HL Deb 30 January 1996 vol 568 cc104-5WA
Viscount Montgomery of Alamein

asked Her Majesty's Government:

In the light of the fifth successive qualification by the Comptroller and Auditor General of his opinion of the Legal Aid Appropriation Account, whether they have reconsidered removing responsibility for the grant of criminal legal aid from the magistrates' courts.

The Lord Chancellor (Lord Mackay of Clashfern)

This Question highlights a difficult problem to which I and my department have accorded high priority for a considerable time.

The Legal Aid Act 1988 vests in the magistrates' courts the function of deciding on the grant or refusal of legal aid in criminal cases. In the performance of their functions the courts act independently of any government department.

In December 1993 I explained to the House that the Comptroller and Auditor General had repeatedly qualified his opinion on my department's appropriation account because of material uncertainty as to whether the regulations governing the grant of criminal legal aid were being applied with sufficient rigour. I affirmed to the House that in no circumstances could any irregularity in dispensing public money be acceptable, and I recounted the measures I had taken to rectify matters.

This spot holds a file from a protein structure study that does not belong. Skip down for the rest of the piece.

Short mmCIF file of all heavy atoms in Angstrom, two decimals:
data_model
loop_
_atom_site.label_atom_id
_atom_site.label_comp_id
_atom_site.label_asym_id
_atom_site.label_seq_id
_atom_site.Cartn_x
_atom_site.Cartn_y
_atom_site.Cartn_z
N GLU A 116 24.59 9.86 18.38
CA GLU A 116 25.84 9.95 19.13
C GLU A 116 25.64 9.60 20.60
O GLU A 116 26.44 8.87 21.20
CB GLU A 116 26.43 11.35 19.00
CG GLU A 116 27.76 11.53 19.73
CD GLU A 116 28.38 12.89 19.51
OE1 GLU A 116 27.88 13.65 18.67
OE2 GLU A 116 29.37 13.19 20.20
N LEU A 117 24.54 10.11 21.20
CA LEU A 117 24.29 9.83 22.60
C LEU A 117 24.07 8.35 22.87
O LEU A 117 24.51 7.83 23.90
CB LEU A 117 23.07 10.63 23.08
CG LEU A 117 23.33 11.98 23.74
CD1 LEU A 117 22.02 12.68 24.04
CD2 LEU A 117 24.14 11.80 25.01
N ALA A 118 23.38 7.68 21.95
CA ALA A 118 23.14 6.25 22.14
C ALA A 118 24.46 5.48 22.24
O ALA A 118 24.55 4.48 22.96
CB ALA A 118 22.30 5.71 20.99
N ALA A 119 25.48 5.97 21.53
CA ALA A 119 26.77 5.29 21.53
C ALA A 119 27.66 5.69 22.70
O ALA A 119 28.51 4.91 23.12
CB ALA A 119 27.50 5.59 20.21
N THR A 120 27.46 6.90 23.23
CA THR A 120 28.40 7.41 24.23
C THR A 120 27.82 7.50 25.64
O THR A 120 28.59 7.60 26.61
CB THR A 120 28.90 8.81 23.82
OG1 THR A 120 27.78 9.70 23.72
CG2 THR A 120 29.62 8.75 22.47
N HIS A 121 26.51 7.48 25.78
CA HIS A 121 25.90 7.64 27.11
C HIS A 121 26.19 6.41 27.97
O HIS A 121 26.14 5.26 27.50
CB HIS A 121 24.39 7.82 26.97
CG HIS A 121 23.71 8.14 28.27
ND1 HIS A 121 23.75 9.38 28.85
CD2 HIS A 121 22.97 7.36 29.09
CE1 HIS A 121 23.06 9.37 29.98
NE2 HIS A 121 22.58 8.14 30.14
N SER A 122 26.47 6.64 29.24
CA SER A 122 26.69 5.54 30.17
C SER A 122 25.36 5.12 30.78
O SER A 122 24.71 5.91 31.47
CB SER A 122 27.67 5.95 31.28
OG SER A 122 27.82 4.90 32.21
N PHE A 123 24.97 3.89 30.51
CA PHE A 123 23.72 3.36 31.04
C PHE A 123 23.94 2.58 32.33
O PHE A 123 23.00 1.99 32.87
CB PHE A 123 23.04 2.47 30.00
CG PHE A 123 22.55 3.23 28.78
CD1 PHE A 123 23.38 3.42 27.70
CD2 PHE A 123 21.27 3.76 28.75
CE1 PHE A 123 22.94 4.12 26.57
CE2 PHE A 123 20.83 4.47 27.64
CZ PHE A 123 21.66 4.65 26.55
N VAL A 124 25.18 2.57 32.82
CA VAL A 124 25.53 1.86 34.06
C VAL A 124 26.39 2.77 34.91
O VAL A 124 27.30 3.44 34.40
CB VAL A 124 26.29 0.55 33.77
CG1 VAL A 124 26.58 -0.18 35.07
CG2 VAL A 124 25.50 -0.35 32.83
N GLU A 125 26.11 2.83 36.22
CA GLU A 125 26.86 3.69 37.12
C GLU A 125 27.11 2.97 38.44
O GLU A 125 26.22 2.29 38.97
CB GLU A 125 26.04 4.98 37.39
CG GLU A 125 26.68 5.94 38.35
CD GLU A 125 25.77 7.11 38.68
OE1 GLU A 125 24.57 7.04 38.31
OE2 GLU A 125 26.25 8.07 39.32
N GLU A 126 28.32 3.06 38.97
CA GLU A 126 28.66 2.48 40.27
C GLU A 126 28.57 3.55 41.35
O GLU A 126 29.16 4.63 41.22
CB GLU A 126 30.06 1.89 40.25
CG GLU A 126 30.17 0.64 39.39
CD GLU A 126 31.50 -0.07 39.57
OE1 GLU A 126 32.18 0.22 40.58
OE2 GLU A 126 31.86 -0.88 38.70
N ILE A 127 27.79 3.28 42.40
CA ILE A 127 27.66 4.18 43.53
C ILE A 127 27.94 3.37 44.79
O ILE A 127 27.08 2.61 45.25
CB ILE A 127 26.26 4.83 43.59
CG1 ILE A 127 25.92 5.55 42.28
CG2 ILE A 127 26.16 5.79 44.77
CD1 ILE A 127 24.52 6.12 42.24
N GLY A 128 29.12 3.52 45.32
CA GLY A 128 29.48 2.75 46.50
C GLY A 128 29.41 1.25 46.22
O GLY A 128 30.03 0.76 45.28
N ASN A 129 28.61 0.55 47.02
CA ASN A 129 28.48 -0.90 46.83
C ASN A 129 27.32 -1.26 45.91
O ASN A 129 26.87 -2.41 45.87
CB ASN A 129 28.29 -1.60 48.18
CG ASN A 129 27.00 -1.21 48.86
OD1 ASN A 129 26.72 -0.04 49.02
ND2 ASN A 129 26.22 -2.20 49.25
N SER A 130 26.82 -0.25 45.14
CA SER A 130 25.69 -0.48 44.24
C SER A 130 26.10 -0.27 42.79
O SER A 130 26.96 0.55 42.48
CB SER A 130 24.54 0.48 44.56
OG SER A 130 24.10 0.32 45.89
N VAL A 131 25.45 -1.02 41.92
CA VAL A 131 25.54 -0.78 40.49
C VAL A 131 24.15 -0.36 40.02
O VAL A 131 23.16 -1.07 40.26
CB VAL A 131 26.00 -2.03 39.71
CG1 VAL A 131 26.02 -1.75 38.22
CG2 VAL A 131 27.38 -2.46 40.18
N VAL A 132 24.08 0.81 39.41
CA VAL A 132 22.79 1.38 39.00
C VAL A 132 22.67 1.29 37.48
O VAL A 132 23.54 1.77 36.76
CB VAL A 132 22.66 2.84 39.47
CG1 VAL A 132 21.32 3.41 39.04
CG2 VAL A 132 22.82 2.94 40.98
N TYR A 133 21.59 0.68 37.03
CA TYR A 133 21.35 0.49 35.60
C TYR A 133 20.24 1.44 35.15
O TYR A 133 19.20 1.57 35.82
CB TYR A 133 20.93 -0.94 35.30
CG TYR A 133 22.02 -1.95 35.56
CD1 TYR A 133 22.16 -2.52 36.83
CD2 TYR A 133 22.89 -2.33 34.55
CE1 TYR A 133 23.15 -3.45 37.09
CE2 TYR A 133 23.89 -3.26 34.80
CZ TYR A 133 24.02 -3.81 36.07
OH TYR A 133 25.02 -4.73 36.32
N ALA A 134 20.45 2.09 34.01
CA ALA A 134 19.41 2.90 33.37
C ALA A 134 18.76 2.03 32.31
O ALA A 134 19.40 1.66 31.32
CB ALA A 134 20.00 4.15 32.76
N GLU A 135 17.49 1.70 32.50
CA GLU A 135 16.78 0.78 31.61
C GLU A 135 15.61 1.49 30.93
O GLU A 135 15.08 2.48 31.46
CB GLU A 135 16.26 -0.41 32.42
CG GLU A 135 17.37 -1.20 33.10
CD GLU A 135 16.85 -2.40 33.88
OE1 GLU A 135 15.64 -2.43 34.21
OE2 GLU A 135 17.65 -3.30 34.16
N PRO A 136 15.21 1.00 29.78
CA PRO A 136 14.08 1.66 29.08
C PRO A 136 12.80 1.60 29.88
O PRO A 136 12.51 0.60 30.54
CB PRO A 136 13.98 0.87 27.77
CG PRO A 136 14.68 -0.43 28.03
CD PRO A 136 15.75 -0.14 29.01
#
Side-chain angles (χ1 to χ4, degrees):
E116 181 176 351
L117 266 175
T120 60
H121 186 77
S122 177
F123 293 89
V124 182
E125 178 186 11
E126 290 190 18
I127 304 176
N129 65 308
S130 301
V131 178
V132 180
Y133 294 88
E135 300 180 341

Among them was an examination of the feasibility of transferring the function to the Legal Aid Board. I explained to the House that the risks to the speed and efficiency of criminal procedures deterred me from taking that step at that time. However, I undertook to give further consideration to that and alternative measures if other continuing action failed to achieve an acceptable result.

During the last two years I have made numerous statutory and administrative changes, with the help and co-operation of the Legal Aid Board and the Justices' Clerks Society. The results have been closely audited both by my department and by the National Audit Office. I am pleased to report that significant improvements in the levels of compliance with the regulations have recently become apparent. The improvement is marked enough to give reason to think that satisfactorily high levels of compliance could be achieved under the present arrangements, although further marked improvements are needed to achieve that result.

I have now proposed more fundamental reforms of the legal aid scheme as a whole, as described last year in the Green Paper Legal Aid—Targeting Need. In these circumstances I do not propose any earlier change in the arrangements for the grant of criminal legal aid in the magistrates' courts, so long as the improvement in compliance with the regulations is maintained. I shall announce my intentions regarding the wider reforms when I have completed my consideration of the public responses to the Green Paper.